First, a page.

Optimization of In vitro Propagation of Qare-Qat (Vaccinium arctostaphylus)


1 Department of Molecular Physiology, Agricultural Biotechnology Research Institute of Iran (ABRII), P.O. Box 31535-1897, Karaj, Iran

2 Department of Tissue Culture and Gene Transformation, Agricultural Biotechnology Research Institute of Iran, Karaj, Iran

3 Department of Horticulture, Agriculture and Natural Resources Faculty, Islamic Azad University-Karaj Branch, Karaj, Iran


In order to optimize the micropropagation of Qare-Qat (Vaccinium arctostaphylus J.J.Sm), samples were collected from two regions of Iran (Asalem and Kelardasht). Anderson (AN) media containing different concentrations of zeatin (0, 0.5, 1, 2 and 4 mg L-1) and different levels of pH (4.5, 5 and 5.5) were compared. The in vitro shoots were transferred on AN media supplemented with zeatin (1 and 2 mg L-1) alone or in combination with Indole-3-butyric acid (IBA) (0.2 and 0.4 mg L-1). To optimize the rooting stage, elongated shoots (1.5- 2cm) were cultured on half strength semi- solid media containing activated charcoal (0 and 7 g L-1),or half strength liquid AN medium supplemented with different concentrations of IBA (0, 0.5, 2 and 3 mg L-1) and NAA (0 and 0.5 mg L-1). The results indicated that at the establishment stage AN media supplemented with 4 mg L-1 zeatin (pH= 5.5) and 1 mg L-1 zeatin (pH= 5) were the best treatment for Asalem and Kelardasht explants, respectively. For the Asalem explants, the highest number of proliferated shoots (4) was observed on AN media consisting of 2 mg L-1 zeatin and 0.4 mg L-1 IBA. Whereas for the Kelardash explants  the highest number of proliferated shoots (3) was observed on AN media consisting of 2 mg L-1 zeatin and 0.2 mg L-1 IBA. The highest percent of root formation (86 and 66%) were observed in half strength AN medium containing of 7 g L-1 activated charcoal and 3 mg L-1 IBA and 0.5 mg L-1 NAA in Asalem and Kelardasht explants, respectively. The plantlets were successfully transferred to soil and the survival rate was 85%.


1. Hasanloo T, Sepehrifar R, Hajimehdipoor H. Levels of phenolic compounds and their effects on antioxidant capacity of wild Vaccinium arctostaphylus L. (Qare- Qat) collected from different regions of Iran. Turk J Biol.2011; 35: 371-377.
2. Sedaghathoor SH, Kashi AK, Talae AR, Khalighi A. Essential oils of Qare-Qat (Vaccinium arctostaphylus) shoots and chemical composition of berries. Int J Agr Biol. 2006;1:45-46.
3. Meiners J, Schwab M, Szankowski I. Efficient in vitro regeneration systems for Vaccinium species. Plant Cell Tiss Org Cult. 2007;89:169-176.
4. Marcotrigiano M, McGlew SP. A two-stage micropropagation system for cranberries. J Am Soc Hortic Sci. 1991;116:911-916.
5. Debnath SC, McRae KB. A one-step in vitro cloning procedure for cranberry (Vaccinium acrocarpon Ait.): the influence of cytokinins on shoot proliferations and rooting. Small Fruits Rev. 2005;4:57-75.
6. Reed BM, Abdelnour-Esquivel A. The use of zeatin to initiate in vitro cultures of Vaccinium species and cultivars. Hort Sci. 1991; 26: 1320-1322.
7. Eccher T, Noe N. Comparison between 2iP and zeatin in the micropropagation of highbush blueberry (Vaccinium corymbosum). ISHS Acta Hortic. 1989;241:185-190.
8. Morrison S, Smagula JM. Morphology, growth, and rhizome development of Vaccinium angustifolium Ait. seedlings, rooted softwood cuttings, and micropropagated planted. Hort Sci. 2000;35:738-741.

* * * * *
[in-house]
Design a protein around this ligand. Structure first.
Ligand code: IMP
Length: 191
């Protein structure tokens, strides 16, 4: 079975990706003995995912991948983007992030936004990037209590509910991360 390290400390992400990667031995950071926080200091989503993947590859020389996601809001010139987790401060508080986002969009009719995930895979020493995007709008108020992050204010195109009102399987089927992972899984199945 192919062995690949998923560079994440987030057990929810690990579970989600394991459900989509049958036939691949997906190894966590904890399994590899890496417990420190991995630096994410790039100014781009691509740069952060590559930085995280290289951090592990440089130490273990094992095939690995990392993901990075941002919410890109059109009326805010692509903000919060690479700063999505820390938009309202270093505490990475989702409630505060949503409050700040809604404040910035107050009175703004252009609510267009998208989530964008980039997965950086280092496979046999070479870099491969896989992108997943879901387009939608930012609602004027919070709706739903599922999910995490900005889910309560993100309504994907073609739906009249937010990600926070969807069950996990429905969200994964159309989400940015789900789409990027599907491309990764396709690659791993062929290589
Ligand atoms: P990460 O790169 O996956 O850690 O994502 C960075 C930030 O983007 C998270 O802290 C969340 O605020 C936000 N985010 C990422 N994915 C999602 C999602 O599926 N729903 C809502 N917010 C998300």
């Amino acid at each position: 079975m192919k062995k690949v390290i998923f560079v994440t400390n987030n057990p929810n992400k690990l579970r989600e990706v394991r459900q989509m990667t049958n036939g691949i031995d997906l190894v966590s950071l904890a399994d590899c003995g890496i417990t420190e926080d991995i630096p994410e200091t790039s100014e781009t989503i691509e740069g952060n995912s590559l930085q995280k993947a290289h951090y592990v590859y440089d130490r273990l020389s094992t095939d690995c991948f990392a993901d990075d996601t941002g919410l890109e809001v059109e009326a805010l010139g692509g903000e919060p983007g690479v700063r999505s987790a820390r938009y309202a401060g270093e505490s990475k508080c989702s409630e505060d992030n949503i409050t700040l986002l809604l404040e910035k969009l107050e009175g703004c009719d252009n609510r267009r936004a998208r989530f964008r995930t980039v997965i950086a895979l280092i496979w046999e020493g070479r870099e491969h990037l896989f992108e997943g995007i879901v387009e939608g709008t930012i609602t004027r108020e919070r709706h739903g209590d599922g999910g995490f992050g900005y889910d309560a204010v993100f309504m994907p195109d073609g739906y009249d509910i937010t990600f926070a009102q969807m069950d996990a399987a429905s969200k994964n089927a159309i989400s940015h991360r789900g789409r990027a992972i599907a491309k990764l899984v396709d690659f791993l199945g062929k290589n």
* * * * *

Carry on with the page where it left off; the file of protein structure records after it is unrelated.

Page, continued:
9. Mohajeri Naraghi S, Mardi M, Hasanloo T, Pirseyedi SM, Mahmoodi P. Isolation and characterization of novel microsatellite loci in Vaccinium arctostaphylus L. Conservation Genetics Resources. 2011;3:441- 444.
10. Ostrolucká MG, Gadšová A, Ondrušková E, Libiaková G, Lateekov M. Effect of medium pH on axillary shoot proliferation of selected Vaccinium vitis-idaea cultivars. Acta Biologica Cracoviensia Series Botanica. 2010;52:92-96.
11. Borkowska B. Wymagania roślin borَwki wysokiej pochodzacych z in vitro. Ogrodnictwo. 1996;2: 17– 18.
12. Debnath SC. Micropropagation of small fruits. In: Jain SM, and Ishii K [eds.], Micropropagation of Woody Trees and Fruits. Kluwer Academic Publishers Dordrecht. 2003;456-506.
13. Debnath SC. In vitro culture of lowbush blueberry (Vaccinium angustifoliumait). Small Fruits. Rev. 2004;3:393- 408.
14. Debnath SC. Effects of carbon source and concentration on development of lingonberry (Vaccinium vitis-idaea L.) shoots cultivated in vitro from nodal explants. In vitro Cellular and Developmental Biol. 2005;41:145-150.
15. Jaakola L, Tolvanen A, Laine K, Hohtola A. Effect of N6-isopentenyladenine concentration on growth initiation in vitro and rooting of bilberry and lingonberry microshoots. Plant Cell Tiss Org Cult. 2001;66:73-77.
16. Qu L, Polashock J, Vorsa N. A highly efficient in vitro cranberry regeneration system using leaf explants. Hort Sci. 2000; 35:948-952.
17. Ružić D, Vujović T, Libiakova G, Cerović R, Gajdošova A. Micropropagation in vitro of high bush bluebeery (Vaccinium corymbosum). Iss J berry research. 2012; 2: 97- 103.
18. Debnath SC, McRae KB. In vitro culture of lingonberry (Vaccinium vitis-idaea L.): The influence of cytokinins and media types on propagation. Small Fruits Rev. 2001;1:3-19.
19. Phulwaria M, Ram K, Harish, GuptaAK, Shekhawat NS. Micropropagation of mature Terminalia catappa (Indian Almond), a medicinally important forest tree. J Forest Res. 2012;17:202-207.
20. Ostrolucká MG, Libiaková G, Ondrusková A, Gajdosová A. In vitro propagation of Vaccinium species. Acta Univ Latv. 2004;676:207-212.
21.Ostrolucká MG, Gajdošová A, Ondrušková E,Libiaková G. In vitro propagation of several Vaccinium corymbosum L. and Vaccinium vitis-idaea L. cultivars. Issue of the International Scientific Conference and NJF seminar. 2009; 12: 75-80.
22. Guang-jie Z, Zhan-bin W, Dan W. In vitro propagation and ex vitro rooting of blueberry plantlets. Plant Tiss Cult and Biotech. 2008;18:187-195.